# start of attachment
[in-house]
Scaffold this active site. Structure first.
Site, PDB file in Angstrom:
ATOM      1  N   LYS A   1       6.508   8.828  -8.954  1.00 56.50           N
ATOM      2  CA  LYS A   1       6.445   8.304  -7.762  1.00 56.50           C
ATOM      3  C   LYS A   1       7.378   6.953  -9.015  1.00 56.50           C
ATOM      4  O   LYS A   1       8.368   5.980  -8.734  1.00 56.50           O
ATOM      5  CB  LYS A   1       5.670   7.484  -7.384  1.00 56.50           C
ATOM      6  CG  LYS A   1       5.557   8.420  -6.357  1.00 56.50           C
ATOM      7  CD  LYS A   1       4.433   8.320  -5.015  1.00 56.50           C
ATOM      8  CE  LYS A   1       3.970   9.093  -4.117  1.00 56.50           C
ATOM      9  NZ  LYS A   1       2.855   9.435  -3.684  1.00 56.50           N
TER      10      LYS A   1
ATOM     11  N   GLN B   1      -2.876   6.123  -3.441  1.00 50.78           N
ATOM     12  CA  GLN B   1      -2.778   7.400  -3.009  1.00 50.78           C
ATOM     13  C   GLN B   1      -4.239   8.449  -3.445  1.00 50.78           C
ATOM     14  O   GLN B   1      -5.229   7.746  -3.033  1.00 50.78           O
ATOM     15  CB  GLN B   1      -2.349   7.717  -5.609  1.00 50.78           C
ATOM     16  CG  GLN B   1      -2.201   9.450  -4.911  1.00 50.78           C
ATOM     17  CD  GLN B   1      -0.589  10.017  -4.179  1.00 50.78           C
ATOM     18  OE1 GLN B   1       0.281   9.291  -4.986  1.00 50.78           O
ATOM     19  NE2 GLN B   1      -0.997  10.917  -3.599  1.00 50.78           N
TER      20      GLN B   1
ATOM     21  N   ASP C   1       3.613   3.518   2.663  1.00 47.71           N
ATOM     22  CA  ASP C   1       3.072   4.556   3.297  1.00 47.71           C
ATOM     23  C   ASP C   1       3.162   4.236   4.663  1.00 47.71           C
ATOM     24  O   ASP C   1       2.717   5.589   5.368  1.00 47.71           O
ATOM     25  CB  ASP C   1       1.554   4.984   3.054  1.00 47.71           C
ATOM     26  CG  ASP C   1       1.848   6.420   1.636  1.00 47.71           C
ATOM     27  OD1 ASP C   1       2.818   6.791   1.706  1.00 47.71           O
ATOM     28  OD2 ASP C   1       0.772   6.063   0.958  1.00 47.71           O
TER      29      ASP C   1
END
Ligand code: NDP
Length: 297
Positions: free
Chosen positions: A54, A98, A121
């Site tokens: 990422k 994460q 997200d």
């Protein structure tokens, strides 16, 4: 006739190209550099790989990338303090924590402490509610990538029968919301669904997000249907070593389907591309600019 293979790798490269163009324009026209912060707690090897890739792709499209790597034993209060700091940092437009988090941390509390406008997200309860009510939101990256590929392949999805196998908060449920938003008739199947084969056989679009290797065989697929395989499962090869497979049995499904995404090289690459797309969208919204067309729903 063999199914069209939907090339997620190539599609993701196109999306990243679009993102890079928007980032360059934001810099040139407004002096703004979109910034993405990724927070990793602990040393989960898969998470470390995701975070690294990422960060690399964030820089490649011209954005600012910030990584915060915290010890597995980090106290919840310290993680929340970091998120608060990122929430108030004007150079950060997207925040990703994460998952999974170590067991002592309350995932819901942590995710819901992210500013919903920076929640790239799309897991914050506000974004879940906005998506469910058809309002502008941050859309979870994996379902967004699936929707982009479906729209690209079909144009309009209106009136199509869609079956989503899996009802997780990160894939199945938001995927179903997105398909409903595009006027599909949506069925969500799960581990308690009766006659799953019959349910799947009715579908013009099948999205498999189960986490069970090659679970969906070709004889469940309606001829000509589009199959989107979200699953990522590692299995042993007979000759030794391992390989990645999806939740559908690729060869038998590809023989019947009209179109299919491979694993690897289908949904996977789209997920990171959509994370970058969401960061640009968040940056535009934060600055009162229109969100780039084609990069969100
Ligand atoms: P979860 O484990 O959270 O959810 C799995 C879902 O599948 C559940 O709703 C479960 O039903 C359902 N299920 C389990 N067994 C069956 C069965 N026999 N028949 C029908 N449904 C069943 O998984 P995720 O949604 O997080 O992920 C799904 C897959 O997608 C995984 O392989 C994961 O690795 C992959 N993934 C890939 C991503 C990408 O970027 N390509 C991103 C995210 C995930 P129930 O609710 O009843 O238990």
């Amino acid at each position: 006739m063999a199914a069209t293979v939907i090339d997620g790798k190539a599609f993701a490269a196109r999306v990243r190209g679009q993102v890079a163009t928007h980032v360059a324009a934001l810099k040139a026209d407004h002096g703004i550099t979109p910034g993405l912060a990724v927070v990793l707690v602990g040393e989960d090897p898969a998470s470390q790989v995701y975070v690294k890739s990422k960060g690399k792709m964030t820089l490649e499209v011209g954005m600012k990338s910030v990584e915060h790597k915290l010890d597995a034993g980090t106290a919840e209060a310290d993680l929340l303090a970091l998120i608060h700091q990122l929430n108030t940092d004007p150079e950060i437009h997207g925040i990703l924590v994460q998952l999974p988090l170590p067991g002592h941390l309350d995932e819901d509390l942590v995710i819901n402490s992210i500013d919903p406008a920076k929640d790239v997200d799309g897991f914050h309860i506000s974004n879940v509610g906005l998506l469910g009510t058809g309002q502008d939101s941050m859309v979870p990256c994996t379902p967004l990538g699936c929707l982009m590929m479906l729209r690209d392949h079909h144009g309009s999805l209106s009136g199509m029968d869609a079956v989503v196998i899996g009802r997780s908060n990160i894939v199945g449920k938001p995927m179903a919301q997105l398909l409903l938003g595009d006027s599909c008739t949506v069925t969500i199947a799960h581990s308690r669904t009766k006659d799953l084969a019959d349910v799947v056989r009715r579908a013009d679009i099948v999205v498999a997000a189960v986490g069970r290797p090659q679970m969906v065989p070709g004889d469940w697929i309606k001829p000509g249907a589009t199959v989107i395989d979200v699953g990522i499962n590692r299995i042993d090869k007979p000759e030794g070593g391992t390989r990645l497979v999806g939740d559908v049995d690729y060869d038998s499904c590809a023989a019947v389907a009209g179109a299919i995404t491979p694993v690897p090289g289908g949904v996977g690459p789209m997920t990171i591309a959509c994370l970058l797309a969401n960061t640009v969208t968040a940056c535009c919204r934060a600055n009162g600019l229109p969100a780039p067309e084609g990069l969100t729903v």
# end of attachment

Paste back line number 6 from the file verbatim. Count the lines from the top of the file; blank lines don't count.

ATOM      3  C   LYS A   1       7.378   6.953  -9.015  1.00 56.50           C